> Thing about that argument is that it shows that \\(h \mapsto g\circ h\circ f\\) is a _possible_ definition for the hom functor, but it doesn't explain why it's _necessary_.
I know you know this, but I'm using your nicely phrased question as a way to tell Julio:
Once you've chosen your definitions, you can prove theorems: the theorems say that certain consequences follow necessarily from the definitions. But the definitions are freely chosen.
There's no such thing as a 'necessary' definition. There are only better and worse definitions, and what counts as better is a matter of experience - and even taste to some extent. The main way to see if a definition is good, is to try to use it to prove theorems.
> If I understand @Julio correctly that's the nub of his question. It's all very well noting that this definition happens to work neatly, but _why_ this definition and not some other one?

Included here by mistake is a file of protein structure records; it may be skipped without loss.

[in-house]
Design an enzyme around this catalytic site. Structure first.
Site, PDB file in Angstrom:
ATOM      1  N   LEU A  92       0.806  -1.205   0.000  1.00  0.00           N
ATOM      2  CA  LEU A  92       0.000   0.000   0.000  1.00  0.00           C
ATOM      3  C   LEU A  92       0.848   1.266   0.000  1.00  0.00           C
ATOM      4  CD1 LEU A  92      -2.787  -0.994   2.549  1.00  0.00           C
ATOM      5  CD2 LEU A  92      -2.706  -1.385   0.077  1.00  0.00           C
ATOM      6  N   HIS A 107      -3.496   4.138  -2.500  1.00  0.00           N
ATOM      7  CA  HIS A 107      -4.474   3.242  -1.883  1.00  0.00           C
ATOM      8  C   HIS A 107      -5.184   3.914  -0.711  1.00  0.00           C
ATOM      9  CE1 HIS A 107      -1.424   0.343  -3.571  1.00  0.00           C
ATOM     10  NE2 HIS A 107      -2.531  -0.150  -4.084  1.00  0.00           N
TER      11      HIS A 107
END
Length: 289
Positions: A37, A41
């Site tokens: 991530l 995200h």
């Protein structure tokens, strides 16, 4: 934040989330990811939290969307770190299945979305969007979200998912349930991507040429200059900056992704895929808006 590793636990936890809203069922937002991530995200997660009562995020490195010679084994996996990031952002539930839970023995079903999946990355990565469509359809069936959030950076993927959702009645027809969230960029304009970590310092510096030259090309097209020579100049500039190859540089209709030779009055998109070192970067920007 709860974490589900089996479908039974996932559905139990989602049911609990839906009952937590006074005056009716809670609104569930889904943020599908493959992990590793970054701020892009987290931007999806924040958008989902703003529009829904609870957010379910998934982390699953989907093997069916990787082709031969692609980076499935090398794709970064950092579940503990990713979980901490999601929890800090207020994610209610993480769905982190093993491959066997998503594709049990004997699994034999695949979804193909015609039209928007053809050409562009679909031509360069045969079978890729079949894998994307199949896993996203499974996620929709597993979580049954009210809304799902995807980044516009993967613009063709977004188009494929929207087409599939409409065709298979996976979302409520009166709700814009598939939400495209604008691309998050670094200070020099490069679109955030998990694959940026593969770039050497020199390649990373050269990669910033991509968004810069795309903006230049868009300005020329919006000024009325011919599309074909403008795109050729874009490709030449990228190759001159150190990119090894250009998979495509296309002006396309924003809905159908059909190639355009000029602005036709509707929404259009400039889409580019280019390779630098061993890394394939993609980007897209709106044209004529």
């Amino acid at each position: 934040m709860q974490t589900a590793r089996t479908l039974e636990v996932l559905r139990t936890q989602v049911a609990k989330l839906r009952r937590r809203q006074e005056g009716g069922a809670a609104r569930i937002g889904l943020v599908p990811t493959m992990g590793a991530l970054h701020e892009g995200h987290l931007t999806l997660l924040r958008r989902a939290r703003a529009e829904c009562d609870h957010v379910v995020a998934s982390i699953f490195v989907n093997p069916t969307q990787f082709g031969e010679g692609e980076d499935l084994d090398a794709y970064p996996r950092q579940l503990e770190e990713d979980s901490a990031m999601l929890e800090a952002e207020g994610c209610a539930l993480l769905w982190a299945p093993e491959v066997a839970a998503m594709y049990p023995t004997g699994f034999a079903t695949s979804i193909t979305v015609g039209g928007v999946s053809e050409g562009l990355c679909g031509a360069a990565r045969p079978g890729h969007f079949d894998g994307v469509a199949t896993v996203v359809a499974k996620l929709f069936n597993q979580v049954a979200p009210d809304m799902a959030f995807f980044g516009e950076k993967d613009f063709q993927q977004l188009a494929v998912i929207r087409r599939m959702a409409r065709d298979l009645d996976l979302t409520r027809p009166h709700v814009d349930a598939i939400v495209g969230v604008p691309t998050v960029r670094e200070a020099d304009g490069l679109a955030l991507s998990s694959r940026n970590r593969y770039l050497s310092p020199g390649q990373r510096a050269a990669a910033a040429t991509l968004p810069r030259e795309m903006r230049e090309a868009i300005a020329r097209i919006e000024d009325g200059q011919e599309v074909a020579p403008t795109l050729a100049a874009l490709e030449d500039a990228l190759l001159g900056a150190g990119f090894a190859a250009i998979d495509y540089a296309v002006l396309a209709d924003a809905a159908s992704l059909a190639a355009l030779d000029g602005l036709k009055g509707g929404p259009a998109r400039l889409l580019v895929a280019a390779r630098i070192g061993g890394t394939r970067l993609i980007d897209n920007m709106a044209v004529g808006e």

In this situation the usual response is to ask the questioner to suggest another definition. Often they can't find an alternative, or the only alternatives are unsatisfactory in some way. Then it becomes obvious why the usual definition was chosen. Sometimes there _are_ good alternatives, and then things get really interesting.